That is what Champ looks like when I take him on runs.

PostScript: There was wind again after the rain passed through last night and as occurred a couple weeks ago, another large oak tree fell across the drive leading back to the property. (I am blessed to not have to cut it up and remove it. That is someone else's bailiwick.)

I walked down to see it this morning, and Champ went with me to check it out.

















You can see how nice and green everything is here from the abundant rain. The ground, however, is so soft that these mature trees are falling over easily.


Note that I added a link in the comments to Lectric Cycles, the company that I purchased my trike's electric motor from. The company's owner, LeGrand Crewse, an appropriate name if ever there was one (The Grand Cruise), has been very pleasant to deal with, and responsive to my queries.

Heart4God Website: http://www.heart4god.ws    

Parables Blog: www.parablesblog.blogspot.com    

Mailing Address:
Joseph Herrin
P.O. Box 804
Montezuma, GA 31063

5 comments:

Gwen said...

Dear Brother Joseph,

Thank you for the occasional post regarding your daily life. I enjoy knowing about the person behind the blog. You certainly seem to have mastered "compact" living arrangements. I confess it appeals to me. It appeals to my husband, too, except that he has a hard time letting stuff go. He has all sorts of tools, computer parts and other miscellanea. I can't complain, though, he can fix or build just about anything and those sorts of things he hangs on to end up being the things he needs to fix/build something. I have to laugh at my comment, though. We live in a 724 sq ft condominium that most people would consider too dinky, but it's just the right size for my husband and son and me.

I've mentioned before that I'm impressed with your cycling setup and I still am. I'm also a little envious of the miles you can go. Here in Portland with all the hills would take some doing for me to go as far as you do.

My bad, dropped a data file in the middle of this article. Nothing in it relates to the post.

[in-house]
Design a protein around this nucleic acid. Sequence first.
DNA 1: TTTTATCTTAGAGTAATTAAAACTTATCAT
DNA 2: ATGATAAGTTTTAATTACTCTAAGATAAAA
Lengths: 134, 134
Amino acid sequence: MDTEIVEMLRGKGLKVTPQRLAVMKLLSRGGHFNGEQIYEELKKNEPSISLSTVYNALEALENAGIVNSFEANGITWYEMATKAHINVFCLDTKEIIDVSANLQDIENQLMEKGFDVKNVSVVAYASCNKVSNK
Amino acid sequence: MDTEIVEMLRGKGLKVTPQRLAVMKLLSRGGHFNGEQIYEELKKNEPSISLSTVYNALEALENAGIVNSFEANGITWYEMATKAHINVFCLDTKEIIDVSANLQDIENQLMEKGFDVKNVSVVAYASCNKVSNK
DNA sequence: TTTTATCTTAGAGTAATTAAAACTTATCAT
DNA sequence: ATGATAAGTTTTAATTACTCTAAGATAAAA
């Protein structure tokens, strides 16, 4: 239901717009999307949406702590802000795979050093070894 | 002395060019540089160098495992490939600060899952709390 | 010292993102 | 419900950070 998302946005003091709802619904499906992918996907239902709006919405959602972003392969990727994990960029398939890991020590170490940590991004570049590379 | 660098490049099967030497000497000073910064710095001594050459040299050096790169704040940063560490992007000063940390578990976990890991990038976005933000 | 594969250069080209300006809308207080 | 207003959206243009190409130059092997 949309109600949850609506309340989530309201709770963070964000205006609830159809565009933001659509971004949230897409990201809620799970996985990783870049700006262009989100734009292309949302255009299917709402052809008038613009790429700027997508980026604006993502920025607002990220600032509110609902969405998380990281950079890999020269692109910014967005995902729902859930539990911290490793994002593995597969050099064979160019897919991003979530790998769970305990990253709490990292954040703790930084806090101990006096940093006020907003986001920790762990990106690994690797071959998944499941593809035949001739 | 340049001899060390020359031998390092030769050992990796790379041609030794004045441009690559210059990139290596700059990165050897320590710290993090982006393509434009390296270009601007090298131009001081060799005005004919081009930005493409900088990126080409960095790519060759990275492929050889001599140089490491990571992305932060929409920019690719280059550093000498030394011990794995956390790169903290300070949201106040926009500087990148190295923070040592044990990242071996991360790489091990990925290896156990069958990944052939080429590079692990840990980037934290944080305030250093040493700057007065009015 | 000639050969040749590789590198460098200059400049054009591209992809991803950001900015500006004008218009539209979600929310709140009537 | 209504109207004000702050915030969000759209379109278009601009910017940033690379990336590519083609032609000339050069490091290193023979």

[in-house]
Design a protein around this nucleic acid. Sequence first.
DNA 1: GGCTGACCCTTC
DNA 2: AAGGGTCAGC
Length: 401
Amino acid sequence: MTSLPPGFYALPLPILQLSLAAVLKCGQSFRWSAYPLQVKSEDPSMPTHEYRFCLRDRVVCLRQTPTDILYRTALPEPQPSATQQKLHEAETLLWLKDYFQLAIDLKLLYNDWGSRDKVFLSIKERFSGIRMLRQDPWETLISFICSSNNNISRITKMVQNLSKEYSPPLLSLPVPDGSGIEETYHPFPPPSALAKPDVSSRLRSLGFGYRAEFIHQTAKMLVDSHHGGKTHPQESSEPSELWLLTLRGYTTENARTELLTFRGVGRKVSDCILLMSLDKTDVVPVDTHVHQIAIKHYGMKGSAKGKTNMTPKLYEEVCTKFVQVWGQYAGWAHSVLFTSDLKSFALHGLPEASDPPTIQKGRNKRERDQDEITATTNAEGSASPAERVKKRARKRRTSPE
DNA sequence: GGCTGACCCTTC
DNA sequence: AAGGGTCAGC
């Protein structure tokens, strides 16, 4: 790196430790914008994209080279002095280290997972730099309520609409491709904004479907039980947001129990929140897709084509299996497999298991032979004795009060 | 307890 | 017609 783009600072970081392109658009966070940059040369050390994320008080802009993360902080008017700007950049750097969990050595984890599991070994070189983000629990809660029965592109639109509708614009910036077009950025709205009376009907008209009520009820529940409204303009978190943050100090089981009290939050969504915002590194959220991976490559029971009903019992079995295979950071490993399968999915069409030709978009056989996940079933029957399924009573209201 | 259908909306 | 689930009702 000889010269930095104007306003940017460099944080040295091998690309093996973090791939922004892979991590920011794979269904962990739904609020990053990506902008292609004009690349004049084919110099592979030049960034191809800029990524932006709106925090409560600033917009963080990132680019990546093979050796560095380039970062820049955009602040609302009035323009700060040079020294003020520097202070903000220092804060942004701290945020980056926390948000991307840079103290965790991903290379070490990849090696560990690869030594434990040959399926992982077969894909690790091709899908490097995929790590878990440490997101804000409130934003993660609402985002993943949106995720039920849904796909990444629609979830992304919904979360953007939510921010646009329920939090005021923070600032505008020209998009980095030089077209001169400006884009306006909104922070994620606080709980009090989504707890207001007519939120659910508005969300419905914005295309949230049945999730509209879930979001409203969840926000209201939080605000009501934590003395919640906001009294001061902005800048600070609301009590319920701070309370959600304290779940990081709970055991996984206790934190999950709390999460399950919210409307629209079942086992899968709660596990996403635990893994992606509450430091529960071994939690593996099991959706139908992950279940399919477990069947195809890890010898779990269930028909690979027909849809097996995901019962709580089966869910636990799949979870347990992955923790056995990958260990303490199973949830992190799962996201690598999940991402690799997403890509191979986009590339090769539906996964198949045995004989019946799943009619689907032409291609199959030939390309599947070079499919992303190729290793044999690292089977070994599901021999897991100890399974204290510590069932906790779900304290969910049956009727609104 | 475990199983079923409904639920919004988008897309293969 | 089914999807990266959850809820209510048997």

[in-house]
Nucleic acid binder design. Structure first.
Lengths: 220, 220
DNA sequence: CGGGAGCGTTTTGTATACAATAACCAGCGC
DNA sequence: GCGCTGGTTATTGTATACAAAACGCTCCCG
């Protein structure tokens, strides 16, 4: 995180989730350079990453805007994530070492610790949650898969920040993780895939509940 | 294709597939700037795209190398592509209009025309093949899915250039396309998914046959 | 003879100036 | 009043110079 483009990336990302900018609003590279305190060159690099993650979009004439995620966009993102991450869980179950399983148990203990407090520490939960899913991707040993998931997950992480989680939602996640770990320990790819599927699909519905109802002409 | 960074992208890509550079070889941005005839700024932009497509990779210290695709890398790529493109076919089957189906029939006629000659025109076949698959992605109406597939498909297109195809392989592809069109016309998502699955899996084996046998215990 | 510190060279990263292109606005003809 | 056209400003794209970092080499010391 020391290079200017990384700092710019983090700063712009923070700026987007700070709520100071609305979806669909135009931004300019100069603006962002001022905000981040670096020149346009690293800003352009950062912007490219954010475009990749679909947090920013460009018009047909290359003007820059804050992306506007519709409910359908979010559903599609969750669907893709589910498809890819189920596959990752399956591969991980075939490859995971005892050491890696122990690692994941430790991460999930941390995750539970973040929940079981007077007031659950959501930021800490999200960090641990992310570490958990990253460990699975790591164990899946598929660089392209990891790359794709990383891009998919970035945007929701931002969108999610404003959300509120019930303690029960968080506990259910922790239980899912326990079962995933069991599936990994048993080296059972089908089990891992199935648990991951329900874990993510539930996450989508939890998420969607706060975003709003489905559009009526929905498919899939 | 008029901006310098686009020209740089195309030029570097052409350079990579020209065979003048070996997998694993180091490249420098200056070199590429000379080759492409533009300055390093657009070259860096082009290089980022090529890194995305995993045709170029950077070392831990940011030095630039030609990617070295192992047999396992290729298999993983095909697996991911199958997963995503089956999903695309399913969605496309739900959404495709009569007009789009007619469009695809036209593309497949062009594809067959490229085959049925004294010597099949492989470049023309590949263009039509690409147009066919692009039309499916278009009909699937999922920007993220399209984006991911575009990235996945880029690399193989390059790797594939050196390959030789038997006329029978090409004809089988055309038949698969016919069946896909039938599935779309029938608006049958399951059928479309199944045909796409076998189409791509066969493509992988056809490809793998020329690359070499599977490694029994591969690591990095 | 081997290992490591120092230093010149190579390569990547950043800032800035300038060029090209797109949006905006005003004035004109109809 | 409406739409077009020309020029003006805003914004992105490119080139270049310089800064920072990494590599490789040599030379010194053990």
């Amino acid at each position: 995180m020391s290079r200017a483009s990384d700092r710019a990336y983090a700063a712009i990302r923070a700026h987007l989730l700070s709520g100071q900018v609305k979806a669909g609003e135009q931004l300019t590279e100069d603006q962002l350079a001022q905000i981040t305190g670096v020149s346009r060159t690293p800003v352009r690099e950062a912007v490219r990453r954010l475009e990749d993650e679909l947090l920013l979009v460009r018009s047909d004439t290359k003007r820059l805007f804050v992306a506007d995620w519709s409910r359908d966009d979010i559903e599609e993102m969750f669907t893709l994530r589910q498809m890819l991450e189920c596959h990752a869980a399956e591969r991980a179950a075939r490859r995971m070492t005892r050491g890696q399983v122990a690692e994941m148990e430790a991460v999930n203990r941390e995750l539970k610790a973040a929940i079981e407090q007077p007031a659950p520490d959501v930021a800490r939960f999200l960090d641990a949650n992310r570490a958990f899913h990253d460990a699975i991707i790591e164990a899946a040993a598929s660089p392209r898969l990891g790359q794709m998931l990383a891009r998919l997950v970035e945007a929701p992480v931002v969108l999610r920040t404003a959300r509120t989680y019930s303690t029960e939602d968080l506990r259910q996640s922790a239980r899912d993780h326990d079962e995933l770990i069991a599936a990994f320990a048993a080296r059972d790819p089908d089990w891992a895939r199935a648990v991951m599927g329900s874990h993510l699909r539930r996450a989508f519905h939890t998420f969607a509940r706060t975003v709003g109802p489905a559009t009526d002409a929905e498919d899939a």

Also, my husband and I have really been enjoying your Foundation series. I can imagine that each one takes a great deal of time to put together, but they have been meaningful for us and we thank you so much for the work.

Joseph Herrin said...

Hello Gwen,

Having grown up in Portland myself I can understand the greater challenge of bicycling the hills there. Perhaps not coincidentally, the America company I mentioned that makes top of the line mid-drive electric motors for bikes and trikes(Eccospeed) is headquartered in Portland. Their prices are out of my range, but from all accounts they do build a very high quality and durable product.

I can empathize with your husband's unwillingness to part with his tools. Although I do live a compact lifestyle, I do have a trailer behind my bus, and in it I have a nice collection of tools that I use quite frequently. I like to handle maintenance and construction jobs myself whenever possible, and God seems pleased to have me do so as He was the One who directed me to convert a school bus into a motorhome.

If you, or any reader, is interested in the Bafang BBS02 mid-drive motor that I purchased from my trike, I acquired it from a company called Lectric Cycles.

Lectric Cycles


May you be blessed with peace and understanding in these days.

EfficientAdmin said...

Dear Brother Joseph: